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Seeing Larry Clark’s “Tulsa” Through Fresh Eyes

The California Museum of Photography UCR ARTSblock, Riverside, presents a new way of looking at one of the most revolutionary photography books of our time.

Miss Rosenby Miss Rosen
Photo: Larry Clark, Untitled, 1963, from the series “Tulsa,” 1963-71.

In 1971, America photographer Larry Clark published Tulsa with Lustrum Press, owned by Ralph Gibson, sparking a wave of controversy across the nation. The book, which features fifty black and white photographs taken by Clark in 1963, 1968, and 1971, reveal the dark side of American youth culture in the heartland of America. Drugs, sex, and guns were front and center, as much the subject of the book as the people themselves with Clark a participant, rather than a voyeur. He brought a new level of authenticity to his work, and in doing so Tulsa changed the very nature of documentary photography itself.

Also: Exhibit | Danny Lyon: Conversations with the Dead

Forty-five years after the book’s release, a new exhibition of photographs adds a new layer of perspectives to the story of this work in Unruly Bodies: Dismantling Larry Clark’s Tulsa at the California Museum of Photography UCR ARTSblock, Riverside, now through January 28, 2017. Curated by graduate students from the History of Art and the Public History Program, Unruly Bodies speaks to the new generation reflecting on the past, reflecting on Clark’s watershed moment in contemporary photography, pairing his work alongside that of Danny Lyon, Bill Eppridge, and W. Eugene Smith to critical effect.

Larry Clark, Untitled, 1963, from the series “Tulsa,” 1963-71

Larry Clark, Untitled, 1963, from the series “Tulsa,” 1963-71

These intriguing pairings provide a context by which to consider Clark’s work, which did not form in a vacuum but rather the apple tipping over the cart. At the time both Eppridge and Smith had been practicing photojournalism in the traditional sense, as journalists with the eye of an artist. This is a difficult position to hold for it calls into question the objectivity of the act of photography itself. By becoming a participant, Clark integrated himself, casting aside the need for create objectivity in and of itself. Tulsa exalts the subjective state, so much so that it reflects the nature of life itself; when you’re inside the matrix it’s nearly impossible to find the way out.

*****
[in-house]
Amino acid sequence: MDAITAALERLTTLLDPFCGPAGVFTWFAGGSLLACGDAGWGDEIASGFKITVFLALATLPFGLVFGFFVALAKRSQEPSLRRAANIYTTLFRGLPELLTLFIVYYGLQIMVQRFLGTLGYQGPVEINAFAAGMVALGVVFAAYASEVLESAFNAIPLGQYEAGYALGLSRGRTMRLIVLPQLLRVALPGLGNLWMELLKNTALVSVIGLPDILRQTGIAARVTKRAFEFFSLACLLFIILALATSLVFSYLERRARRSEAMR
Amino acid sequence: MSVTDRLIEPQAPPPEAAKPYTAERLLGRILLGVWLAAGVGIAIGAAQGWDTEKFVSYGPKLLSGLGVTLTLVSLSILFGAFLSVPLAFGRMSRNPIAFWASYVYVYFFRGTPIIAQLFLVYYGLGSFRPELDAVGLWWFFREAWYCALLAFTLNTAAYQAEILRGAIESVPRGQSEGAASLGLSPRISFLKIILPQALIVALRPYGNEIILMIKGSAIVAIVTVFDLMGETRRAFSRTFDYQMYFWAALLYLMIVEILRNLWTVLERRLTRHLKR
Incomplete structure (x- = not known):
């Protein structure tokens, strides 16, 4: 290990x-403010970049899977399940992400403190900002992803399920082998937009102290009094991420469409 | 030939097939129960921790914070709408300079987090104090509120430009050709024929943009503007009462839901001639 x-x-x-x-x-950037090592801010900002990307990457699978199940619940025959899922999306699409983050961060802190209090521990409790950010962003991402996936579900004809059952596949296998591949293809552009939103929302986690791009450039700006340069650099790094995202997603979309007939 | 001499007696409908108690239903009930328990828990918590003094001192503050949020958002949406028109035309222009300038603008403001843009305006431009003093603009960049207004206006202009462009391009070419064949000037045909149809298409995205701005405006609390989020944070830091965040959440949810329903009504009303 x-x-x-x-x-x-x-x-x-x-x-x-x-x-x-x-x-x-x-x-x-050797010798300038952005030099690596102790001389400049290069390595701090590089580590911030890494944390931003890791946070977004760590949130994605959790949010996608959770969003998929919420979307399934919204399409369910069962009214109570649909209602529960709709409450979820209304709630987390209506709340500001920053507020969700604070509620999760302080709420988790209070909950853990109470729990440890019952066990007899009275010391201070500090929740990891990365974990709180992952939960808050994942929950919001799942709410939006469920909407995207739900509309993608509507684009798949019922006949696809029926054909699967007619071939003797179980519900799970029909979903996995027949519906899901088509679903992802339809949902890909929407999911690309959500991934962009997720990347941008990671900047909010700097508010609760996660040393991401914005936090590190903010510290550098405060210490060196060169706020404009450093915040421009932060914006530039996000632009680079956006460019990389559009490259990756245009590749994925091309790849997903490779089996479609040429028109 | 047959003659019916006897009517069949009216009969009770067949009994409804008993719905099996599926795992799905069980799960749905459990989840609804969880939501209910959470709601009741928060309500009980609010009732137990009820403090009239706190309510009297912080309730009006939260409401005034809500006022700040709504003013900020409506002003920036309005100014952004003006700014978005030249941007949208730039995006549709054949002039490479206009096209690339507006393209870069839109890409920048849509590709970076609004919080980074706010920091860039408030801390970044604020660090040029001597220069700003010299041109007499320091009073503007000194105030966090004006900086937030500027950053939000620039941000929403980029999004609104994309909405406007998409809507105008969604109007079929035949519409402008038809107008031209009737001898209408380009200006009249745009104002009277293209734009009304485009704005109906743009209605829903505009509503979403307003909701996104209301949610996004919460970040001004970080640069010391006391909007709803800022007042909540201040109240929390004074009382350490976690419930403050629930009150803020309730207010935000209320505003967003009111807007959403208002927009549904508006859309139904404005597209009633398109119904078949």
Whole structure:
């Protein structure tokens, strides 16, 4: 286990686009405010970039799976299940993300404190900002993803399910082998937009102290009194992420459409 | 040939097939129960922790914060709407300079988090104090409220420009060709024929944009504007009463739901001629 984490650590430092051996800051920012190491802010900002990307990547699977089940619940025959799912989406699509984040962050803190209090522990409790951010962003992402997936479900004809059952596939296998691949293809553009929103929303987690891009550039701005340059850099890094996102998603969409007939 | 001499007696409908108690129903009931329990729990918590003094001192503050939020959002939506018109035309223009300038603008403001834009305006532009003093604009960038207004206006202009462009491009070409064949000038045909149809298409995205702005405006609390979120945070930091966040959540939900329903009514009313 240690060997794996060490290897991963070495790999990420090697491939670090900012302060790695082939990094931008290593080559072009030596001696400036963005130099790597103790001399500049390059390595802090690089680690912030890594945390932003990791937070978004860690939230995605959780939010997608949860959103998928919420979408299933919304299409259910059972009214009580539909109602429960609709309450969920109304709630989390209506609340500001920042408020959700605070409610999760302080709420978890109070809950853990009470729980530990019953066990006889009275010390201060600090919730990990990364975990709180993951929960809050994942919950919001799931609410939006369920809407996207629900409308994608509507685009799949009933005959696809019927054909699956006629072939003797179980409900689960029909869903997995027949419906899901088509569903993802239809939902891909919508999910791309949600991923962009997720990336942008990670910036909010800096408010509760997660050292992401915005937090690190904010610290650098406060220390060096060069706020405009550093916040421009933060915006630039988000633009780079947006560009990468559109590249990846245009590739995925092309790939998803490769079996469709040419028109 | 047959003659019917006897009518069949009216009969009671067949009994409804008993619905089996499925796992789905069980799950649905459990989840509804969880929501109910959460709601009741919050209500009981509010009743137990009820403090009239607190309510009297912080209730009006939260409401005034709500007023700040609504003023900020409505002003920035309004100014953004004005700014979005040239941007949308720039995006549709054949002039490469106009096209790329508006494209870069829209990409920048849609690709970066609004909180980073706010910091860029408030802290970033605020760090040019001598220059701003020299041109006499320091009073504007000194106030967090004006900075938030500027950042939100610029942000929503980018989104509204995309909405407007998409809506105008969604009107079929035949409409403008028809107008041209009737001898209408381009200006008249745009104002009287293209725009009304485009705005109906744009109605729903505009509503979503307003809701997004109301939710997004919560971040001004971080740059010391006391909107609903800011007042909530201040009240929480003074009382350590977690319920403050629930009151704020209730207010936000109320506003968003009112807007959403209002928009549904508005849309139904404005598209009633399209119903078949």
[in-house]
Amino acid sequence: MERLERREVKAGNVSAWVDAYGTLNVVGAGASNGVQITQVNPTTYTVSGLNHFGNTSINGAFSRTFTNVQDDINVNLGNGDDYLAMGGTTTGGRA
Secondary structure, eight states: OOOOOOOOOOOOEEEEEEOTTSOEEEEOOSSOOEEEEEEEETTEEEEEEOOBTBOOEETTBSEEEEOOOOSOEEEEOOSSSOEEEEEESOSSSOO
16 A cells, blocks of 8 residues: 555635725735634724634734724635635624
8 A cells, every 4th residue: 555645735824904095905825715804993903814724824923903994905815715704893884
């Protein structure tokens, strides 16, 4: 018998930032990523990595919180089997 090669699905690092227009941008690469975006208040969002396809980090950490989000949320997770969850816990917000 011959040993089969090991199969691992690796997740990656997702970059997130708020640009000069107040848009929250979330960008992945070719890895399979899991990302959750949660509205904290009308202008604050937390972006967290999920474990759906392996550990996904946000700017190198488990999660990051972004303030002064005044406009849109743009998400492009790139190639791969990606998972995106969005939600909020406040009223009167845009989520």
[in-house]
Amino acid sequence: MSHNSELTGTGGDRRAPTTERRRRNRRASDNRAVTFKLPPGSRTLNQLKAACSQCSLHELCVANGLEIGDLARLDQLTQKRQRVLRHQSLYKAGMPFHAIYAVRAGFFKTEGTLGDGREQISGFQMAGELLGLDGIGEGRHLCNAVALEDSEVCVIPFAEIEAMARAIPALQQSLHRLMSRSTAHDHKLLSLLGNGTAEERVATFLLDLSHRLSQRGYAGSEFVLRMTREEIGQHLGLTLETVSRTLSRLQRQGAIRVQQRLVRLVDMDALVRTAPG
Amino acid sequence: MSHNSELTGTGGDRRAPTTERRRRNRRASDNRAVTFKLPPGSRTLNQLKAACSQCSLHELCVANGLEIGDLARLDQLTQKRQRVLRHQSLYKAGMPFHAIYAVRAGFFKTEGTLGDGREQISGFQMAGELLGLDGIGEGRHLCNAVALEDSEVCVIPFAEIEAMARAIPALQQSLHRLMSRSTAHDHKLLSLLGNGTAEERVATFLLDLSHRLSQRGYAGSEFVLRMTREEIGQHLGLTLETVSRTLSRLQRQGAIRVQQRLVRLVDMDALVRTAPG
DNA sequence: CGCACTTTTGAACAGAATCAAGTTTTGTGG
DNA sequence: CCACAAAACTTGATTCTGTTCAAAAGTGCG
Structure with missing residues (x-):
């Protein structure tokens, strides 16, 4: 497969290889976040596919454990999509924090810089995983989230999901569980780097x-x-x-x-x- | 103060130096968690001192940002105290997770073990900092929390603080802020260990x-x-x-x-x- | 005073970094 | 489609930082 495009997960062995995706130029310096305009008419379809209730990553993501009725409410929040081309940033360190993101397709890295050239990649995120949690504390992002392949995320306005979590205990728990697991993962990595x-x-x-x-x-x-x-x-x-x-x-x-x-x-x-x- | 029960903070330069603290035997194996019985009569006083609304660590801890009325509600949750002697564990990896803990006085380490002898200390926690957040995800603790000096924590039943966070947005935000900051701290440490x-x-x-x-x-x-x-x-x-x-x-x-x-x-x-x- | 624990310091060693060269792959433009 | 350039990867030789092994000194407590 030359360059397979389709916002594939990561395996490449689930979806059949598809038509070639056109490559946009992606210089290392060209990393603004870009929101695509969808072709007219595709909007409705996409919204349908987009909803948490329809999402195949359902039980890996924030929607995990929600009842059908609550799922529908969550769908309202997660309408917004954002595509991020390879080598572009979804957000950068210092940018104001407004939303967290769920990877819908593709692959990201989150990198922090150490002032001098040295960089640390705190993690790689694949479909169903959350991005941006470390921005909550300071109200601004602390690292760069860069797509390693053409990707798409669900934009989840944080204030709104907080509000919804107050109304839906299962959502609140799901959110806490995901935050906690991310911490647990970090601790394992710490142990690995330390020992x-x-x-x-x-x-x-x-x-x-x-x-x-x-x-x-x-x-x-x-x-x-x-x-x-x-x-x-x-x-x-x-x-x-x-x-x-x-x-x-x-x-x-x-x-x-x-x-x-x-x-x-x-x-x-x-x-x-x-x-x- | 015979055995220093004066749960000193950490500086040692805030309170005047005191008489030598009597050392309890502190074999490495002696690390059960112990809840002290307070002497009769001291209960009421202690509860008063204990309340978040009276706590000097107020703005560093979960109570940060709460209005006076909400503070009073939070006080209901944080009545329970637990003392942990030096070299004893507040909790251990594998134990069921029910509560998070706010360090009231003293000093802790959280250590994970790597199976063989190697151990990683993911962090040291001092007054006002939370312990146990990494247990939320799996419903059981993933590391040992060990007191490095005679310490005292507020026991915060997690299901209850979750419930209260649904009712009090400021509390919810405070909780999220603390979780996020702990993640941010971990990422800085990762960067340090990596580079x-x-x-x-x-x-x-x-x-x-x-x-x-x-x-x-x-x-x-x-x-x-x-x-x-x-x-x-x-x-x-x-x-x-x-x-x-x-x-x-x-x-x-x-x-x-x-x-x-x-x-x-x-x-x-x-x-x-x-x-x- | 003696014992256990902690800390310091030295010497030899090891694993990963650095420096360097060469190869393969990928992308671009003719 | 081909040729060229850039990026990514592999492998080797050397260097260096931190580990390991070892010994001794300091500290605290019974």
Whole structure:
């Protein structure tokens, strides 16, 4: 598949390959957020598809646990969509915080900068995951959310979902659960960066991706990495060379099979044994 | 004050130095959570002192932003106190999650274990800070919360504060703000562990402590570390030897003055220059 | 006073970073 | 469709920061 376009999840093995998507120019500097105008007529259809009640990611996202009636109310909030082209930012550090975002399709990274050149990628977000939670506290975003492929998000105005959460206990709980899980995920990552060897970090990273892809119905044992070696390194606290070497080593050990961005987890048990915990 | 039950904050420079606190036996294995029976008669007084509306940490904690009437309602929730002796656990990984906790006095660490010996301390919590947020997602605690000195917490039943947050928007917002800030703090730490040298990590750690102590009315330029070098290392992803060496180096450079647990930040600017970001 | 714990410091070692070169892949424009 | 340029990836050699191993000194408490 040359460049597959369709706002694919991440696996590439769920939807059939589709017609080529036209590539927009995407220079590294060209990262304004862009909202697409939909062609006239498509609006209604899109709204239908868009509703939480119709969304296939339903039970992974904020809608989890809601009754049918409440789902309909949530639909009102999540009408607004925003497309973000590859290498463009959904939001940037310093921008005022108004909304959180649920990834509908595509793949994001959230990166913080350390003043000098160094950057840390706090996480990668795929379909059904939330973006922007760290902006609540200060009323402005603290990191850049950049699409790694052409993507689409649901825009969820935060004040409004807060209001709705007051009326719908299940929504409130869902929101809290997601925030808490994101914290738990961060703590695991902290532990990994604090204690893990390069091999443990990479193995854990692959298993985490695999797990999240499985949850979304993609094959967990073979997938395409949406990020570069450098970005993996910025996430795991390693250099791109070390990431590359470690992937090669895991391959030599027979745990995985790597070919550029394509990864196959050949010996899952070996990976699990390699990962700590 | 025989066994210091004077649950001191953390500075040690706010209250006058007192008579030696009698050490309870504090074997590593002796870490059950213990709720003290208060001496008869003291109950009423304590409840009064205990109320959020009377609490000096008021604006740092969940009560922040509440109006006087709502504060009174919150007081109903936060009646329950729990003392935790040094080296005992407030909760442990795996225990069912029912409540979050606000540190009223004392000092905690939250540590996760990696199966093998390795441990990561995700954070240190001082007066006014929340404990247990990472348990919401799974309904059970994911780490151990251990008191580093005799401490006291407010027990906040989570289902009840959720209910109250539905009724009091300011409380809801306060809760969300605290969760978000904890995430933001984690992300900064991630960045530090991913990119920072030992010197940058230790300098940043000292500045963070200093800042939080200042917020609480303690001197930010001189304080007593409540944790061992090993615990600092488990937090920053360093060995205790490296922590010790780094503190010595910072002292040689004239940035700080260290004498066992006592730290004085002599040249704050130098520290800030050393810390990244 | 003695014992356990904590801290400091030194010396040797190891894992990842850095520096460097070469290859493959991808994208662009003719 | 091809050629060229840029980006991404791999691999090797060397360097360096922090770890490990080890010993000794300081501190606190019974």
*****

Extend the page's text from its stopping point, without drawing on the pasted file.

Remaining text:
Clark prefaced the book with a brief statement: “i was born in tulsa oklahoma in 1943. When i was sixteen i started shooting amphetamine. i show with my friends everyday for three year and then left town but i’ve gone back through the years. once the needle goes in it never comes out. L.C.”

Larry Clark, Dead 1970, 1968, from the series “Tulsa,” 1963-71

Larry Clark, Dead 1970, 1968, from the series “Tulsa,” 1963-71

From the beginning, we are told: Clark is in collusion with his subjects, and in doing so, Clark tells us exactly what we want to know. He crafts as silent saga of self-destruction, allowing the story to unfold in a carefully constructed sequence of photographs that take us through a drug-fueled haze of chaos, violence, exploitation, and death.

Paired with works from Danny Lyon’s 1968 series Bike Riders, a project often seen as a precursor to Tulsa, the exhibition explores the representation of masculinity living on the fringe of white America in the mid-twentieth century, revealing the underbelly of the American Dream. Taken together, we can consider the space in which the impulse to document the fringe has elevated it to the realm of art, and the way in which the photographers force viewers to stop, look, and pay attention. And in doing so, once again we see what we want to believe, for the anti-hero is truly an American legend.

Larry Clark, Accidental Gunshot Wound, 1971, from the series “Tulsa,” 1963-71

Larry Clark, Accidental Gunshot Wound, 1971, from the series “Tulsa,” 1963-71

All photos: © Larry Clark; Courtesy of the artist and Luhring Augustine, New York.

Miss Rosen is a New York-based writer, curator, and brand strategist. There is nothing she adores so much as photography and books. A small part of her wishes she had a proper library, like in the game of Clue. Then she could blaze and write soliloquies to her in and out of print loves.